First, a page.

Bordeaux is spoiled for choice as it unveils the 2010 vintage, its third smash hit in six years, in a week of barrel tastings for wine professionals from around the world.
"It's liquid beauty," said Denis Dubourdieu, a consulting winemaker and director of the Institute of Vine and Wine Sciences (ISVV) at the University of Bordeaux.
In a system unique to Bordeaux, each spring the region's chateaux offer trade-only tastings that kick off the futures - or "en primeur" - campaign, in which the wines are offered for sale roughly two years before delivery.
This year 5,000 trade professionals from 65 countries are expected, with attendance down slightly from last year because of a scheduling clash with the upcoming trade show Vinexpo, said Sylvie Cazes, president of the Union des Grands Crus de Bordeaux and general manager of Chateau Pichon Longueville Comtesse de Lalande.
Top chateaux report that they expect upwards of 500 visitors a day, and Chateau Mouton Rothschild director Philippe Dhalluin said they had a 25 percent increase in requests for tastings.
The latest vintage is quickly winning praise for its freshness, lush fruit and intense tannins.
"The wine is magnificent," said Stephane Derenoncourt, a consulting winemaker. "Unfortunately these geniuses of communication have already declared two vintages of the century. Now they don't know what to say."
To Bordeaux's delight and chagrin, both 2005 and 2009 were declared "vintages of the century" by many experts, and now the 2010 looks to be another blockbuster.
"We are not going to be asked to be forgiven for having made two great wines in a row," Dubourdieu said.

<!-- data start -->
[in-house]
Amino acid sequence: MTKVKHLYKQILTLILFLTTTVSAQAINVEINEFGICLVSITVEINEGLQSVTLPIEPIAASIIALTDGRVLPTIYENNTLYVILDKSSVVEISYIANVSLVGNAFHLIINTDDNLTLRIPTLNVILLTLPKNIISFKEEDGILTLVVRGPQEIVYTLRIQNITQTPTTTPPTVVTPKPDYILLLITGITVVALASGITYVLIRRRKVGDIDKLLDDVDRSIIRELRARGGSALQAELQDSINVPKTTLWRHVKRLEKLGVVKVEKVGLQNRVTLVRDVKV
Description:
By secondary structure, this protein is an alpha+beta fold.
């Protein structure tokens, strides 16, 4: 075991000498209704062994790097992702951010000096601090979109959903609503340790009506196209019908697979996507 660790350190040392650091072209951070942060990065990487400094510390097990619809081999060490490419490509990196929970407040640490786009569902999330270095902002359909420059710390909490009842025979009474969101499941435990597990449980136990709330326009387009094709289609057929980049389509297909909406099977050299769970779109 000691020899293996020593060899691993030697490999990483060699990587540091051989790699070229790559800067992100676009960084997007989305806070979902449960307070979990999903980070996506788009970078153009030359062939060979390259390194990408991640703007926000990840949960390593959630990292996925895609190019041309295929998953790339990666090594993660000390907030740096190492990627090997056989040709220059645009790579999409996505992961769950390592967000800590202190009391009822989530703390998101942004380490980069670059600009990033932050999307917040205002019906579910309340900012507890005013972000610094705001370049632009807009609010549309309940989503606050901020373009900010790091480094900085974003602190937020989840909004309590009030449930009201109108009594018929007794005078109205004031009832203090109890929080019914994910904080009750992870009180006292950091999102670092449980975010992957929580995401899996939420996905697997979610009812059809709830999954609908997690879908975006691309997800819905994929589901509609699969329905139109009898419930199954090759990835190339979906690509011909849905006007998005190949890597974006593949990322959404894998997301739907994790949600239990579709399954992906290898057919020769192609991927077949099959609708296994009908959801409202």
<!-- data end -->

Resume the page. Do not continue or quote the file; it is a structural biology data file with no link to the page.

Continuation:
"The 2010 is like the 2005, only everything is bigger - more tannin, more finesse, more acidity," said Patrice Hateau, director of Chateau Pape Clement. "But we have nothing to do with it. It's the weather."
Last year's growing season was long, dry and warm - but not hot.
"We are in a climate cycle that is superb," agreed Charles Chevallier, who oversees the Chateau Lafite Rothschild estate.
Another trend has weighed in favor of winning vintages: "We have better control of vine disease than we did 15 years ago," Chevallier noted.
"We used to harvest for the health of the grapes. If there was some problem we picked the grapes before they were completely ripe. Now we use a precise product at the precise moment to keep our crops in perfect health."
But the buzz is due to more than a fine vintage aging in the barrels, because Bordeaux is above all else a business that generates 3.3 billion euros (4.7 billion dollars) in turnover.
"There is a lot of excitement, because the market is there," Cazes said. "The principal economies have strengthened, consumer confidence is back, conditions are favorable for the sale."
And key trading partners who have been scarce in recent years due to the global economic crisis have returned, including American buyers, Dhalluin said.
"The Americans are definitely back," Cazes confirmed.
But a question mark hangs over Bordeaux's sixth largest client, Japan, in the wake of that country's devastating earthquake and tsunami.
"Our Japanese importers are coming to taste and are interested in the vintage but we don't know what their position will be during the en primeur campaign," Dhalluin said.
"The Japanese market is in bad shape," confirmed Philippe Casteja, managing director of Borie-Manoux and owner of several chateaux. "It will recover but it will take a long time. The market is closed, the restaurants are closed."
On the other hand, China - which has been snapping up Bordeaux by the container load - is expected to enter the Bordeaux futures market in force this year for the first time.
"If you want to be in the Bordeaux business seriously, you need to buy en primeur," said Casteja. "The Chinese will buy this year."
"They understand now how it works," Cazes agreed. "The 2009 vintage worked. The year before, the few who bought in 2008 saw their profits triple," said Cazes.
Some did even better. Between the en primeur sale and the arrival of the bottles last winter, the price of 2008 Chateau Lafite shot up 590 percent thanks to demand from China.